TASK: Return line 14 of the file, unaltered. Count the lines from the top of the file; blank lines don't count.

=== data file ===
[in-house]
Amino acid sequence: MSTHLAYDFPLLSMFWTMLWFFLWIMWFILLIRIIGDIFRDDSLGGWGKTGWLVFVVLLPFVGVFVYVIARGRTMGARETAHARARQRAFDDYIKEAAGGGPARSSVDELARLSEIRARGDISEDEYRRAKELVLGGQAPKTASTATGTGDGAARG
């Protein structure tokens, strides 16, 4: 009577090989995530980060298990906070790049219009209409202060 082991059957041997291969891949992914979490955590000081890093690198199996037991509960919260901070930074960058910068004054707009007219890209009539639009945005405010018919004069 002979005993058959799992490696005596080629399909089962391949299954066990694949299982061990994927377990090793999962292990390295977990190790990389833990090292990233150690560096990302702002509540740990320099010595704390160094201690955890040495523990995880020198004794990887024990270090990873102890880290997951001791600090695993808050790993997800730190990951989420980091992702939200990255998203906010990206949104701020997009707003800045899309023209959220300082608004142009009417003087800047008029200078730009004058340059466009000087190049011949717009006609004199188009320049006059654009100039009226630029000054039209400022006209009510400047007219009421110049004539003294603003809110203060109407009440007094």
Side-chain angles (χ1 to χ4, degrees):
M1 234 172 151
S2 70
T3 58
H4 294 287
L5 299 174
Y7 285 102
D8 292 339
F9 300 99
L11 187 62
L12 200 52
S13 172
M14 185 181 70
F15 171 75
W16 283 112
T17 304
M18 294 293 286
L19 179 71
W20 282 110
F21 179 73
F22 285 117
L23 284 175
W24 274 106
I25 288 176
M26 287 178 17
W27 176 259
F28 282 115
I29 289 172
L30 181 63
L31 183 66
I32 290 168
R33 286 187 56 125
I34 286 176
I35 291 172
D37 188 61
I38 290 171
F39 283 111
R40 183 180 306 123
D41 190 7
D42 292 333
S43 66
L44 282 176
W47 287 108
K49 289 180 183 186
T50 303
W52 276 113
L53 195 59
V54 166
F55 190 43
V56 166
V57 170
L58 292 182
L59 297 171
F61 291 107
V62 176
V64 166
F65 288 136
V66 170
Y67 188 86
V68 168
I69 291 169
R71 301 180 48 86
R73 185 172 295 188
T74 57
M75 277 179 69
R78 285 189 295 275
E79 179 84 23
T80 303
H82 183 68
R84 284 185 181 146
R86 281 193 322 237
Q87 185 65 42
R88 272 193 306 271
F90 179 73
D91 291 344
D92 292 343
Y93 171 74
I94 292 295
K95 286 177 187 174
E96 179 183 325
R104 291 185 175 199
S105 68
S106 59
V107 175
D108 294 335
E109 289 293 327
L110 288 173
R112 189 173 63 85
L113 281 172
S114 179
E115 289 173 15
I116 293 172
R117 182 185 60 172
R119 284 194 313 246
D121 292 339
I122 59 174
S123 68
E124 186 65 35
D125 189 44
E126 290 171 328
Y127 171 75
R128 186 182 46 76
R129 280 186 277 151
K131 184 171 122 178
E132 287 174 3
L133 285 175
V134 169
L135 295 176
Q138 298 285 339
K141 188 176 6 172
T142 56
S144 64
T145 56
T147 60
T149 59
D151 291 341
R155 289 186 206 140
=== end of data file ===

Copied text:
L12 200 52